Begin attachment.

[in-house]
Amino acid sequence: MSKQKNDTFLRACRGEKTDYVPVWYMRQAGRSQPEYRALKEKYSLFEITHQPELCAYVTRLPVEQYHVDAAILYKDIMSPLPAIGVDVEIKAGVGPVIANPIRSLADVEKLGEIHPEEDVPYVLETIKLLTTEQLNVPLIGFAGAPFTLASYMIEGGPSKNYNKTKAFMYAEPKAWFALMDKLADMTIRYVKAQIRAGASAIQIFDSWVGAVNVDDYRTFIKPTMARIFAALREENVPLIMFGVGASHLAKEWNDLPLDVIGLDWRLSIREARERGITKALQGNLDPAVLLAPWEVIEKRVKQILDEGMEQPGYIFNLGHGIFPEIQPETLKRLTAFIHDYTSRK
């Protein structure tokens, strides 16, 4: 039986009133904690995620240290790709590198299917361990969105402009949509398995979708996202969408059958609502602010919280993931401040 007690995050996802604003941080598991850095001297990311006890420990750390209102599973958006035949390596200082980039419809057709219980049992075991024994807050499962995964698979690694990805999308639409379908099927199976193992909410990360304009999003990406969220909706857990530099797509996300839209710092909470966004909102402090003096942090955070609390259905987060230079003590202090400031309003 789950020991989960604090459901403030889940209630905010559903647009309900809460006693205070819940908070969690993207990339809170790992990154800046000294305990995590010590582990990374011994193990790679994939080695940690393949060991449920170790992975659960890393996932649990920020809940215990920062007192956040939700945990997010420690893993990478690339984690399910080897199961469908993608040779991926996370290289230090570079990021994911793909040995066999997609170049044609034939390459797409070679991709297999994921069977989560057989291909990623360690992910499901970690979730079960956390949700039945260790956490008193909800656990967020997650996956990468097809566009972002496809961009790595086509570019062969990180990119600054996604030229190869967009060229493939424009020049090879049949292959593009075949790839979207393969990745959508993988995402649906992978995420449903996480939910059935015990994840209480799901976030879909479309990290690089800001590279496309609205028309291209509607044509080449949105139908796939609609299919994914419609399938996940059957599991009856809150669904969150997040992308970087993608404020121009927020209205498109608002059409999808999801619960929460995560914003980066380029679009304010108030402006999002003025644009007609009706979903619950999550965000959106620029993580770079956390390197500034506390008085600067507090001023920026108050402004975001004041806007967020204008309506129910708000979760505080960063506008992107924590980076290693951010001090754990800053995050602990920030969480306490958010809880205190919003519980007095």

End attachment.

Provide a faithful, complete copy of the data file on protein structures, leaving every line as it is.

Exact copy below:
[in-house]
Amino acid sequence: MSKQKNDTFLRACRGEKTDYVPVWYMRQAGRSQPEYRALKEKYSLFEITHQPELCAYVTRLPVEQYHVDAAILYKDIMSPLPAIGVDVEIKAGVGPVIANPIRSLADVEKLGEIHPEEDVPYVLETIKLLTTEQLNVPLIGFAGAPFTLASYMIEGGPSKNYNKTKAFMYAEPKAWFALMDKLADMTIRYVKAQIRAGASAIQIFDSWVGAVNVDDYRTFIKPTMARIFAALREENVPLIMFGVGASHLAKEWNDLPLDVIGLDWRLSIREARERGITKALQGNLDPAVLLAPWEVIEKRVKQILDEGMEQPGYIFNLGHGIFPEIQPETLKRLTAFIHDYTSRK
């Protein structure tokens, strides 16, 4: 039986009133904690995620240290790709590198299917361990969105402009949509398995979708996202969408059958609502602010919280993931401040 007690995050996802604003941080598991850095001297990311006890420990750390209102599973958006035949390596200082980039419809057709219980049992075991024994807050499962995964698979690694990805999308639409379908099927199976193992909410990360304009999003990406969220909706857990530099797509996300839209710092909470966004909102402090003096942090955070609390259905987060230079003590202090400031309003 789950020991989960604090459901403030889940209630905010559903647009309900809460006693205070819940908070969690993207990339809170790992990154800046000294305990995590010590582990990374011994193990790679994939080695940690393949060991449920170790992975659960890393996932649990920020809940215990920062007192956040939700945990997010420690893993990478690339984690399910080897199961469908993608040779991926996370290289230090570079990021994911793909040995066999997609170049044609034939390459797409070679991709297999994921069977989560057989291909990623360690992910499901970690979730079960956390949700039945260790956490008193909800656990967020997650996956990468097809566009972002496809961009790595086509570019062969990180990119600054996604030229190869967009060229493939424009020049090879049949292959593009075949790839979207393969990745959508993988995402649906992978995420449903996480939910059935015990994840209480799901976030879909479309990290690089800001590279496309609205028309291209509607044509080449949105139908796939609609299919994914419609399938996940059957599991009856809150669904969150997040992308970087993608404020121009927020209205498109608002059409999808999801619960929460995560914003980066380029679009304010108030402006999002003025644009007609009706979903619950999550965000959106620029993580770079956390390197500034506390008085600067507090001023920026108050402004975001004041806007967020204008309506129910708000979760505080960063506008992107924590980076290693951010001090754990800053995050602990920030969480306490958010809880205190919003519980007095």